Tesla CEO Elon Musk dropped the news today on Twitter that the Tesla Model Y will be unveiled at an event at the Tesla Design Studio in Hawthorne, California, on March 14.
Model Y unveil event on March 14 at LA Design Studio
— Elon Musk (@elonmusk) March 3, 2019
The highly anticipated compact utility vehicle is expected to enjoy higher demand than Tesla’s Model 3, will be 10% larger, and will cost 10% more, according to Musk. The projection is in line with the pricing gap between the Tesla Model S and the Tesla Model X, with the larger, heavier X commanding a premium price from customers looking to wow their friends and impress their neighbors with its pair of falcon-wing doors.
Speaking of falcon-wing doors, Musk took the opportunity to clarify that the Model Y will not have the hotly debated, over-engineered falcon-wing doors, much to the relief of many potential customers and shareholders alike. Introducing the Model Y into one of the hottest segments of passenger vehicles with normal doors opens it up to the largest possible number of customers and all but ensures that it will have a shot at enjoying the same early success of the Model 3.
The announcement of the Model Y reveal event comes just days after Tesla slashed prices of vehicles across its lineup, the last part of Tesla’s journey to deliver the $35,000 Standard Range Tesla Model 3. Taking the 10% price increase into account, the base configuration of the Model Y would tip the scales at just under $40,000. That is a very healthy price point and puts the car in direct competition with its competition in the internal combustion world, just without any of the the nasty emissions.
Looking at the competition, the BMW X3 starts at $41,000, the Mercedes-Benz GLC starts at $40,700, and the Porsche Macan will set buyers back $47,800. That puts Tesla’s sub-$40,000 Model Y at a significant advantage compared to the competition, on price alone. Looking beyond that, the competition comes with a very real risk that cities will ban combustion vehicles from city centers in the near future as a lever for combatting urban air pollution. As the icing on the cake, the Model Y will also be available in a performance version that will surely put the competition to shame.
Musk previously announced that the Model Y will share 76% of its DNA with the Model 3, allowing Tesla to streamline its parts supply chains and leverage greater economies of scale to get better deals from its suppliers. Building up from the low chassis, the Model Y CUV will have a larger profile, resulting in a slightly higher coefficient of drag than the Model 3, translating to lower efficiency, according to Musk.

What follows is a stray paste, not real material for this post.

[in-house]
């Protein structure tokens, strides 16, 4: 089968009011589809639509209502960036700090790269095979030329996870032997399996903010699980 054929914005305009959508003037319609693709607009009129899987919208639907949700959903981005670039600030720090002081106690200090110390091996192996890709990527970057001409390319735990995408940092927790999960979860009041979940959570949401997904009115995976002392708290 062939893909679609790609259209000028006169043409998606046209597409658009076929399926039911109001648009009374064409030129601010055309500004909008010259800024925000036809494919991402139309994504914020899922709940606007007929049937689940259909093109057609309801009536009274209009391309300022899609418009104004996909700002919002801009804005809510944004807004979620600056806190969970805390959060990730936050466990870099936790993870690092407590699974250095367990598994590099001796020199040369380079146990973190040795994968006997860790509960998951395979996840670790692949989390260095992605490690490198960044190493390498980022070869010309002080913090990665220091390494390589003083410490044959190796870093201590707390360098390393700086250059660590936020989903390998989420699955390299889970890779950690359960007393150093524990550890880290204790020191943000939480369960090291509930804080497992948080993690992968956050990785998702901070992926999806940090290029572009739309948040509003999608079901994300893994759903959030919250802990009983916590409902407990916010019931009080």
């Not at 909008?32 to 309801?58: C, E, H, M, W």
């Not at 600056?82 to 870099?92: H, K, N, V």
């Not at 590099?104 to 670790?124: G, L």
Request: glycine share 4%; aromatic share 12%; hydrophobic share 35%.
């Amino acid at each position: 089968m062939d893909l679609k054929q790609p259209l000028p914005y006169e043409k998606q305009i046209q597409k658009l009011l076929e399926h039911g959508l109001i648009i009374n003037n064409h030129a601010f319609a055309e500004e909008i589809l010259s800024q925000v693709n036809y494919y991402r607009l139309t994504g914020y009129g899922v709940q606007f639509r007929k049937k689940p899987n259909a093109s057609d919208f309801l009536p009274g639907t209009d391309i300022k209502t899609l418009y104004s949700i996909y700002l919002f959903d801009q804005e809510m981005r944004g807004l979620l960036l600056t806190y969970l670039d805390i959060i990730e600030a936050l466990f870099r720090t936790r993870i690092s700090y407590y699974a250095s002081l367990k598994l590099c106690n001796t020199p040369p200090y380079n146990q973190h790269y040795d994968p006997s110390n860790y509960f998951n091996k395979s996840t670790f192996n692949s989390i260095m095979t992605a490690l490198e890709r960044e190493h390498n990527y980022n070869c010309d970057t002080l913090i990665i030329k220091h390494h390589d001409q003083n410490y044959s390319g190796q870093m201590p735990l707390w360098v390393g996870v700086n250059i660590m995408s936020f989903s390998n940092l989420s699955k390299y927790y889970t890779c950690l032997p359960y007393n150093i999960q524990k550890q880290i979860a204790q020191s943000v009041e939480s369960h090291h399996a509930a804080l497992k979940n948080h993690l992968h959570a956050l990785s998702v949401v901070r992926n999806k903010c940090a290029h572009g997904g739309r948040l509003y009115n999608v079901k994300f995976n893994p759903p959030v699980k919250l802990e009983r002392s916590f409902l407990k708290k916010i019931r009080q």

Slightly higher drag * slightly higher frontal area affects air friction & mass affects rolling resistance & hill climb. Physics is the law.
— Elon Musk (@elonmusk) March 3, 2019
While it will not be as efficient as the Model 3, we still expect the Model Y to lead its class in efficiency. Tesla’s ability to design and engineer its vehicles from the chemical composition of its batteries all the way up to the curvature of the nose has translated to a fleet of vehicles that the competition simply can’t touch. Thankfully, early customers have not been as worried about the efficiency of vehicles, focusing instead on the range they are able to achieve per charge.
Make no mistake, though, as electric vehicles continue to move into the mainstream, miles per kilowatt-hour will become the new miles per gallon. The more miles that can be squeezed out of the battery and each kilowatt-hour of power that it contains translates to a lower and lower cost of operation. Looking out 5 or 10 years, that efficiency will form the foundation for the total cost of ownership discussion for operators of large, fully autonomous fleets of electric vehicles.
The March 14th event in Hawthorne, California, at Tesla’s Design Studio will give participants some time with the Model Y, including test drives or at least test rides in the new vehicle. We will be at the event, so stay tuned to CleanTechnica for all the juicy details as they unfold in just two short weeks.